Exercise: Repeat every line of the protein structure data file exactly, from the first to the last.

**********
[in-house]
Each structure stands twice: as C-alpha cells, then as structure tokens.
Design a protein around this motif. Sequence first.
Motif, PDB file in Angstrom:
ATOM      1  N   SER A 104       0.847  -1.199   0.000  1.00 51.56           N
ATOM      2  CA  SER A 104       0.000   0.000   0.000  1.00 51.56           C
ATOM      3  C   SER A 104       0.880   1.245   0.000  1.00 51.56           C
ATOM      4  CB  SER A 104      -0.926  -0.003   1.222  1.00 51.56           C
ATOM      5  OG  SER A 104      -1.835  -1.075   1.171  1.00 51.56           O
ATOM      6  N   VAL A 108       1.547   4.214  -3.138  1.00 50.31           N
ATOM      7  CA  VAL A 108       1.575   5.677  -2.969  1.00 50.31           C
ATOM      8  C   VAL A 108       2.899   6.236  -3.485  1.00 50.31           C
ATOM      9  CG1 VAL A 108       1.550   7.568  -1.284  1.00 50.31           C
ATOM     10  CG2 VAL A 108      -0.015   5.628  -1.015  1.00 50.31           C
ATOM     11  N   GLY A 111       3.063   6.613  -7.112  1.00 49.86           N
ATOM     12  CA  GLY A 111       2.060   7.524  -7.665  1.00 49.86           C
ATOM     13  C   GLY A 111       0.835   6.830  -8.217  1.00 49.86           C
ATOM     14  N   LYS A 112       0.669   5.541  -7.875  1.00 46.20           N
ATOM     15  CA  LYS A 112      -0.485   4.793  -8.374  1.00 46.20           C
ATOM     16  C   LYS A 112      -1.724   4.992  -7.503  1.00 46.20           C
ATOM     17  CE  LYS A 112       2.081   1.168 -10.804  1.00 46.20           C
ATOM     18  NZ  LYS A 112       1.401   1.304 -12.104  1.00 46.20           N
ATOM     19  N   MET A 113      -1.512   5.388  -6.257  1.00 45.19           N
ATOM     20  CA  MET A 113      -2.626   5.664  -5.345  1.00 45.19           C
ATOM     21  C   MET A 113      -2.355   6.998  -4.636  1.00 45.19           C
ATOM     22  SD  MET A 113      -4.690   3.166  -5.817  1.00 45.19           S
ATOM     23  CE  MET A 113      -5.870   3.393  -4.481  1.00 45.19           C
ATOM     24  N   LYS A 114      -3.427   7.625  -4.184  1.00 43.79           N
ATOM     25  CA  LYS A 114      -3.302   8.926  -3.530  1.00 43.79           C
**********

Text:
[in-house]
Each structure stands twice: as C-alpha cells, then as structure tokens.
Design a protein around this motif. Sequence first.
Motif, PDB file in Angstrom:
ATOM      1  N   SER A 104       0.847  -1.199   0.000  1.00 51.56           N
ATOM      2  CA  SER A 104       0.000   0.000   0.000  1.00 51.56           C
ATOM      3  C   SER A 104       0.880   1.245   0.000  1.00 51.56           C
ATOM      4  CB  SER A 104      -0.926  -0.003   1.222  1.00 51.56           C
ATOM      5  OG  SER A 104      -1.835  -1.075   1.171  1.00 51.56           O
ATOM      6  N   VAL A 108       1.547   4.214  -3.138  1.00 50.31           N
ATOM      7  CA  VAL A 108       1.575   5.677  -2.969  1.00 50.31           C
ATOM      8  C   VAL A 108       2.899   6.236  -3.485  1.00 50.31           C
ATOM      9  CG1 VAL A 108       1.550   7.568  -1.284  1.00 50.31           C
ATOM     10  CG2 VAL A 108      -0.015   5.628  -1.015  1.00 50.31           C
ATOM     11  N   GLY A 111       3.063   6.613  -7.112  1.00 49.86           N
ATOM     12  CA  GLY A 111       2.060   7.524  -7.665  1.00 49.86           C
ATOM     13  C   GLY A 111       0.835   6.830  -8.217  1.00 49.86           C
ATOM     14  N   LYS A 112       0.669   5.541  -7.875  1.00 46.20           N
ATOM     15  CA  LYS A 112      -0.485   4.793  -8.374  1.00 46.20           C
ATOM     16  C   LYS A 112      -1.724   4.992  -7.503  1.00 46.20           C
ATOM     17  CE  LYS A 112       2.081   1.168 -10.804  1.00 46.20           C
ATOM     18  NZ  LYS A 112       1.401   1.304 -12.104  1.00 46.20           N
ATOM     19  N   MET A 113      -1.512   5.388  -6.257  1.00 45.19           N
ATOM     20  CA  MET A 113      -2.626   5.664  -5.345  1.00 45.19           C
ATOM     21  C   MET A 113      -2.355   6.998  -4.636  1.00 45.19           C
ATOM     22  SD  MET A 113      -4.690   3.166  -5.817  1.00 45.19           S
ATOM     23  CE  MET A 113      -5.870   3.393  -4.481  1.00 45.19           C
ATOM     24  N   LYS A 114      -3.427   7.625  -4.184  1.00 43.79           N
ATOM     25  CA  LYS A 114      -3.302   8.926  -3.530  1.00 43.79           C